Vitamin D research is happening at a fast and furious pace. Global deficiency of the complex vitamin with hormone-like actions, has spawned a flux of research that goes far beyond bone health. A pubmed search for Vitamin D turns up over 57,000 results with ten percent of them being about supplementation. The research is fresh with many studies having been conducted in the last five years. We could talk about it’s role in reducing cardiac deaths, improving outcomes for women with breast cancer, the need for vitamin D to impact depression, MS, rheumatoid arthritis and inflammatory bowel disease. But here’s a quick mention of what most of the population faces every fall and winter: colds and flus.
One of the links between vitamin D and infection fighting comes to us via protein molecule called cathelicidin. Cathelicidin acts like a boxer, punching holes in the outside walls of invading bacteria, viruses and fungi, causing their insides to leak out, thus making them ineffective in their attack. The gene that makes cathelicidin gets more active in the presence of vitamin D.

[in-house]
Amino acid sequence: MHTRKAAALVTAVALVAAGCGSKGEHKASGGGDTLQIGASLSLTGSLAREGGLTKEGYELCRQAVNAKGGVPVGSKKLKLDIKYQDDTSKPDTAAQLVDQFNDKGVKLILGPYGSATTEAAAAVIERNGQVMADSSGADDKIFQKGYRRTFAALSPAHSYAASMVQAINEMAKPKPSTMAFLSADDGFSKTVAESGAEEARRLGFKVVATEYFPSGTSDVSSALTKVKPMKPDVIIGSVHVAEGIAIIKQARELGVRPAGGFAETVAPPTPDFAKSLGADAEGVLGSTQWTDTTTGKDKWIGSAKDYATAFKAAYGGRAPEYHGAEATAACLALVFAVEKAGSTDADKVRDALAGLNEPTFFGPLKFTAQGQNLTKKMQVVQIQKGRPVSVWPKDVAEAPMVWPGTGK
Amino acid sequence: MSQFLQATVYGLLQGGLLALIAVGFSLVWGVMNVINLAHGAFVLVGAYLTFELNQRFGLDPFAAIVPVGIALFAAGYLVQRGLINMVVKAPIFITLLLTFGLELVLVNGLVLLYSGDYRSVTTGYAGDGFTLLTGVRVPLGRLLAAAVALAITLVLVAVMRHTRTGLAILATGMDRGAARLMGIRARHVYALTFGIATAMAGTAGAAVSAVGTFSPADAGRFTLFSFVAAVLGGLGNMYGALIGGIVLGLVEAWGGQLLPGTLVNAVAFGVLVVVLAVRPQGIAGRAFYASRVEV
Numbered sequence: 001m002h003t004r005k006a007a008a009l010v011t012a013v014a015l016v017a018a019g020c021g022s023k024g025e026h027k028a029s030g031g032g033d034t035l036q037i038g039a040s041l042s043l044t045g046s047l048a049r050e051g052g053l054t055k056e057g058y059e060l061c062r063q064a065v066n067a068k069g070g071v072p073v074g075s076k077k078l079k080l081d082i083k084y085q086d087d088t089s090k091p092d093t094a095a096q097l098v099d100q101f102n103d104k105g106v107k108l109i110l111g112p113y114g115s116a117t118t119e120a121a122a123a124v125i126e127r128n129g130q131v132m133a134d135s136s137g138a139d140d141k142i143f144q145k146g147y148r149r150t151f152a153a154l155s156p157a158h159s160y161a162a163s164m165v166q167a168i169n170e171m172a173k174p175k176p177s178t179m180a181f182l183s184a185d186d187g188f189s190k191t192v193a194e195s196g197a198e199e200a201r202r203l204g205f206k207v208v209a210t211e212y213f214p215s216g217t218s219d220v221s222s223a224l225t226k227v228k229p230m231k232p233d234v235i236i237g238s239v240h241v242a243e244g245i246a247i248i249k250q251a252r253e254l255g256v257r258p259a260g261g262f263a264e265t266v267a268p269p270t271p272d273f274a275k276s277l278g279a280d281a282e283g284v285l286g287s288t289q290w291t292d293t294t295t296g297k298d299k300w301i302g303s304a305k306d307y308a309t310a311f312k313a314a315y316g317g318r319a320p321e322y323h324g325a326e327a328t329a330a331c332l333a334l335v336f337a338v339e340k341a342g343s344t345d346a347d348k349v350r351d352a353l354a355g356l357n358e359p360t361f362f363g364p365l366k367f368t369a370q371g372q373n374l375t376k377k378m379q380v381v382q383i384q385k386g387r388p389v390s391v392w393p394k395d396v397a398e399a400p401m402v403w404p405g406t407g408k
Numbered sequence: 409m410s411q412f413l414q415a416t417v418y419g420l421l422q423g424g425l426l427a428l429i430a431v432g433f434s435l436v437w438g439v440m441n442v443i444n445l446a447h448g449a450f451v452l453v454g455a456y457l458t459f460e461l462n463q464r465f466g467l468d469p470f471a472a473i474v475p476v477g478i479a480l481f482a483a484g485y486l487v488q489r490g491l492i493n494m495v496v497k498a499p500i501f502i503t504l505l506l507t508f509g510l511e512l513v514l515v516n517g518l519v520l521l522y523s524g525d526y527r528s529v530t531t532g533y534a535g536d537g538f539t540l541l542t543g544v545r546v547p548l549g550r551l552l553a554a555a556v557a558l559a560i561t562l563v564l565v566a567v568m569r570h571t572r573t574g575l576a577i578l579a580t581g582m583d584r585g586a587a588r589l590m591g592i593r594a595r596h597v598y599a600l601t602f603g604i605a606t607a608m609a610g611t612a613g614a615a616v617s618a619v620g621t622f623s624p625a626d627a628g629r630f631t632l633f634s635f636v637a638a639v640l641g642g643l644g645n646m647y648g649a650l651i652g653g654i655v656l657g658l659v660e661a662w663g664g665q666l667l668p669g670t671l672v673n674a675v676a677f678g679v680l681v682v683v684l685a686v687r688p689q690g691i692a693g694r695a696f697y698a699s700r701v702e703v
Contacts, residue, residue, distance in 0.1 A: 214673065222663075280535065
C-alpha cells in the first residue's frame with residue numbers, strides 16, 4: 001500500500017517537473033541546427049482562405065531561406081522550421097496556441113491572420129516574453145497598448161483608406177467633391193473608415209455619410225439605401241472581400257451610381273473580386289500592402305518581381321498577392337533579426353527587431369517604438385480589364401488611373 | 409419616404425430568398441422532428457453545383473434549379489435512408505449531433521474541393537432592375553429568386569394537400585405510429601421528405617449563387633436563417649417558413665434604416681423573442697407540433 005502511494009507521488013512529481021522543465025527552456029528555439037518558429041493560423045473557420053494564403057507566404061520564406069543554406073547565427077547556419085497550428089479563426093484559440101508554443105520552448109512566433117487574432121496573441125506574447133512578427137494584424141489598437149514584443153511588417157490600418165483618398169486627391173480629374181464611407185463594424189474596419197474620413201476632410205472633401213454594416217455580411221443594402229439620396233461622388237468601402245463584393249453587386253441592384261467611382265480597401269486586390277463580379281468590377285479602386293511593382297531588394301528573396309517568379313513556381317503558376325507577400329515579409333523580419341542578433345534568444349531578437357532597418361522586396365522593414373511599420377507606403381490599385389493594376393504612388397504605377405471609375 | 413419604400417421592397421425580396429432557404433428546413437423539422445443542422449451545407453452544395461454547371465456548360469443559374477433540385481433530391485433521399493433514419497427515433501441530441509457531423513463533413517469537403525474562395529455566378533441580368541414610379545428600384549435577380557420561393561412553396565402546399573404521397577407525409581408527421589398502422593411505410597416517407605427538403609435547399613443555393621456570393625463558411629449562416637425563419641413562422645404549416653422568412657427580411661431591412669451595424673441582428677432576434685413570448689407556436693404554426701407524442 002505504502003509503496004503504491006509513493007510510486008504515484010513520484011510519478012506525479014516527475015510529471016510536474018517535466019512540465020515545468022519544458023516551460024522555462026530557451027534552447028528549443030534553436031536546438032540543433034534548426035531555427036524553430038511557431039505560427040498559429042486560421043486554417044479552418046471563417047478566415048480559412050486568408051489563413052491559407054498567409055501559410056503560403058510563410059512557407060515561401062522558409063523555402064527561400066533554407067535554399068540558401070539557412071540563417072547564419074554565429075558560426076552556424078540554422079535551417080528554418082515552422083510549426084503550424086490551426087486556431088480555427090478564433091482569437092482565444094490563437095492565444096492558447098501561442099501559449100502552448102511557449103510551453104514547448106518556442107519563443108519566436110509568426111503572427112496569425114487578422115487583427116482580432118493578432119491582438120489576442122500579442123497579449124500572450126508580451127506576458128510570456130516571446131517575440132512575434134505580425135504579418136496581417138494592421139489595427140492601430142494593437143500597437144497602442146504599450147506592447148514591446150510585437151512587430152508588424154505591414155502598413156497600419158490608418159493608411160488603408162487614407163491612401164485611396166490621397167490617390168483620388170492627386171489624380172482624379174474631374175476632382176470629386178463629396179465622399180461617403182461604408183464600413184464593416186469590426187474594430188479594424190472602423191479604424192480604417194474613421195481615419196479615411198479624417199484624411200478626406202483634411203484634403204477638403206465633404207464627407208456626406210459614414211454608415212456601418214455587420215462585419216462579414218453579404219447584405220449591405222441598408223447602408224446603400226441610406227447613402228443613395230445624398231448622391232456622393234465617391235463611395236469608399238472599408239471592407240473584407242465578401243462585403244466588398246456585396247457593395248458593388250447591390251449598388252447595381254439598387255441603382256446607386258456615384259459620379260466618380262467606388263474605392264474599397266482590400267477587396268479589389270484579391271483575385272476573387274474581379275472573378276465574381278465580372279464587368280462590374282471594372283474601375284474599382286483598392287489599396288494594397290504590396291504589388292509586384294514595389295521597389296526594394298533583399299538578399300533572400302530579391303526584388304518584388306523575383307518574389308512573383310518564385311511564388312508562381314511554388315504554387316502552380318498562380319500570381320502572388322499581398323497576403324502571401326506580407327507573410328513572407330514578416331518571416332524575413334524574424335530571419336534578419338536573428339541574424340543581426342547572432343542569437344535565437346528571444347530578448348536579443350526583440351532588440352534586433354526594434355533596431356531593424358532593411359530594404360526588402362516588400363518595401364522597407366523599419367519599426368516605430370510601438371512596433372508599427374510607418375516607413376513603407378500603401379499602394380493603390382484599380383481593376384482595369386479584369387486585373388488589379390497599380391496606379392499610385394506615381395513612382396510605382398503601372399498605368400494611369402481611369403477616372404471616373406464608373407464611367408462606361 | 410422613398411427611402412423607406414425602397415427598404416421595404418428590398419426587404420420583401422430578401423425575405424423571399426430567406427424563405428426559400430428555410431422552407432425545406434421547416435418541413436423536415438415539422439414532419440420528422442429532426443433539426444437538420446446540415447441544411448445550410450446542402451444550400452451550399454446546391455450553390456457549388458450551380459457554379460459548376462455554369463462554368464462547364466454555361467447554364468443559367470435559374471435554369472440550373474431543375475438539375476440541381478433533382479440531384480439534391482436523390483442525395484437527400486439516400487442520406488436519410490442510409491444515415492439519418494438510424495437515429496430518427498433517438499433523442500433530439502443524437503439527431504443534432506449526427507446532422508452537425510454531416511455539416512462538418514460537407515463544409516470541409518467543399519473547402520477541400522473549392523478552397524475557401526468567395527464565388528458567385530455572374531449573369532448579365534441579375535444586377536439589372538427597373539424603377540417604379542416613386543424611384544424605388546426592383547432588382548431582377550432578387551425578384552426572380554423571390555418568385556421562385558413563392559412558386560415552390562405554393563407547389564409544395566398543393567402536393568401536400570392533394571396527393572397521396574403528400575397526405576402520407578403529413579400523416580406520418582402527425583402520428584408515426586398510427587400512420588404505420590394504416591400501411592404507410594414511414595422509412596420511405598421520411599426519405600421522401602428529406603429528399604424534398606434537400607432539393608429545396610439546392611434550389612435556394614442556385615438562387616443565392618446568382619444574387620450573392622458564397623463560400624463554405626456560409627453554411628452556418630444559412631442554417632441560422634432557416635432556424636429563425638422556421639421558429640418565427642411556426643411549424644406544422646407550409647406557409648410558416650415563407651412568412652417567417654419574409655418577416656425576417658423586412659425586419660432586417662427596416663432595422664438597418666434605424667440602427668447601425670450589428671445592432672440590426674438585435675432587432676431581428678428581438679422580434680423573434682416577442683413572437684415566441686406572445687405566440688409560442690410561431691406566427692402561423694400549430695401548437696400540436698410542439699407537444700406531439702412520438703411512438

Vitamin D is generated from exposure to the UV-B rays of the sun. Unfortunately UV-B rays are blocked by cloud cover and pollution, and during lower light months don’t make it to the ground even with clear skies. Such is the state of living anywhere north of San Francisco. In the summer you may get adequate amounts of D if you spend at least 20 minutes outside between 10 and 2 without sunscreen.
During the months of October to May, virtually everyone needs to supplement. Not only are we not getting enough UV-B rays but we also don’t have many food sources. Other than fish, egg yolk, white mushrooms, liver, kidney meat, and fortified sources in milk, cereals and infant formulas, there aren’t many options in our diet.
Supplements are however, easy to find and cheap. Results of the Canadian Measures Survey of 2007 - 2008 showed that most Canadians of all age groups average a lower serum vitamin D level than what is considered to be optimal. Since these results show that almost everyone is deficient, we now have to pay for vitamin D testing.
Toxicity is rare and optimum levels are not clearly established so if you stick within conservative recommendations, you should be taking enough to support your immune system, fight off the microbes and minimize low-light depression. Adults can take between 2000 IU and 4000 IU per day during the winter months and half that in spring and fall. Children doses are 1000 to 2000 IU and infants 500 to 1000 IU.